Chapter One: Little and Big Things

It was a hot and smoggy sunny day in Brooklyn. Very hot. I mean it was like somebody had doused a planet with gasoline and then lit it on fire. That kind of hot. I stood in the middle of a sidewalk, beside one of the few lush parks in the city. I had stopped dead in my tracks because I just had to tweet something witty. I’m so witty.

So there I was just standing there, with my new (well, pretty new) black iPhone 5 held precariously in my hand. In my claw. The iPhone 5 was held precariously in my claw hand, because it’s kind of a little too big anyway, but I get an extra row of icons so that’s really nice. The glare from that fat old sun off my iPhone screen is almost unbearable (Unglarable? Perhaps I’ll draft that as a tweet for later). I’m holding the phone at around waist level, with my head tilted down. From behind, I know this pose looks quite a lot like a man using a urinal, but I figure since I’m standing like this in public nobody will probably care.

I’ve already made my tweet and I’m just standing there, feverishly pulling to refresh. Thank god for that gesture, I mean the iPhone 5’s screen is nice but if I had to reach all the way up to the top of that screen every time I wanted to make my Twitter feed refresh, my thumb would probably fall off. Not to mention the fact that the refresh buttons are almost always on the right hand of the screen. It’s kind of descriminatory to lefties like me, but the pull to refresh gesture is an equalizer. It’s a real innovation, really.

I’m pulling and refreshing because I just know the tweet I’ve made will set some people off, and I’d really like to know what they have to say back to me. The people who follow me on Twitter are witty like me too. You have to be, because you’ve just got to be focused if you want to make an impact on Twitter. This tweet will probably get me so many Favs, too. I’ll check my email, because I know Twitter will email me when someone retweets me now too. Nothing yet.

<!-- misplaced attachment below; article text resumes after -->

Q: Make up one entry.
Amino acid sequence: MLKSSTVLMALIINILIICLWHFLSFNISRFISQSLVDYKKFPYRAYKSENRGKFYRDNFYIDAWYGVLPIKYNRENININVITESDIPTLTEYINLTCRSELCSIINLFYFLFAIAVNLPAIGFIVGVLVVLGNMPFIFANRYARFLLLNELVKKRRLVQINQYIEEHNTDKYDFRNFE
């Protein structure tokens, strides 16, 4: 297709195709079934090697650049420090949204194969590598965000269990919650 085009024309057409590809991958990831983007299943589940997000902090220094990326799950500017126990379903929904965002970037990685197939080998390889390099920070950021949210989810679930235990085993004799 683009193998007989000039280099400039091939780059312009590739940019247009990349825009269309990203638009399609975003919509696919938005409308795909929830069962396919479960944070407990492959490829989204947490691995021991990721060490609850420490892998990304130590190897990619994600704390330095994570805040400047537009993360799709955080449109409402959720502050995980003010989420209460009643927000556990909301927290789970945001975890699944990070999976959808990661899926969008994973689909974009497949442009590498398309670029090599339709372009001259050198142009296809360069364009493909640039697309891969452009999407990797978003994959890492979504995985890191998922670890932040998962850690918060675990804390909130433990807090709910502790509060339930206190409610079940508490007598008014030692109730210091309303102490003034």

“What’s up there doods?” I hear from behind, clearly aimed at me, because it’s one of the phrases I use when talking to my close childhood friends (we’ll always like to poke fun at Metallica’s Lars Ulrich, who seems to have a good sense of humour). I don’t recognize the voice though, so I turn around.

Standing behind me is a young kid of of probably twelve years old. He’s standing in my shadow, so as my pupils adjust to the change in lighting, I conveniently start to see more of his traits. He’s skinny. So skinny (is he sick? is he eating enough?). OK. Not that skinny. I was like that as a kid, too. He’s got messy brown hair, kind of curly, but really just messy. The wind hasn’t even been blowing in Brooklyn today because it’s too hot for even that, so his hair must just be messy. He’s wearing round glasses on his somewhat broken out face, and a t-shirt with cartoon characters I don’t quite recognize (the writing on it looks Chinese, which I happen to not be able to read, but I have an app on my phone that’ll translate it for me). He’s got rather quite large Adidas on his feet. They look like worn out flippers because he clearly hasn’t grown into his feet just yet. They’re awesome sneakers, though.

Of course, all of these descriptions really happen as thoughts inside my head in less than 500 milliseconds and I have no idea how they actually work. I can’t conceive of my own brain.

“Uh, hey kid” I say with a half smile, because remember, I just turned around like a second ago, so it doesn’t seem like there was a weird gap or anything. “Not much I guess” I’m making conversation but I feel a little out of place. Grownups aren’t supposed to talk to strange kids, especially not near a park. “Do I know you from somewhere?”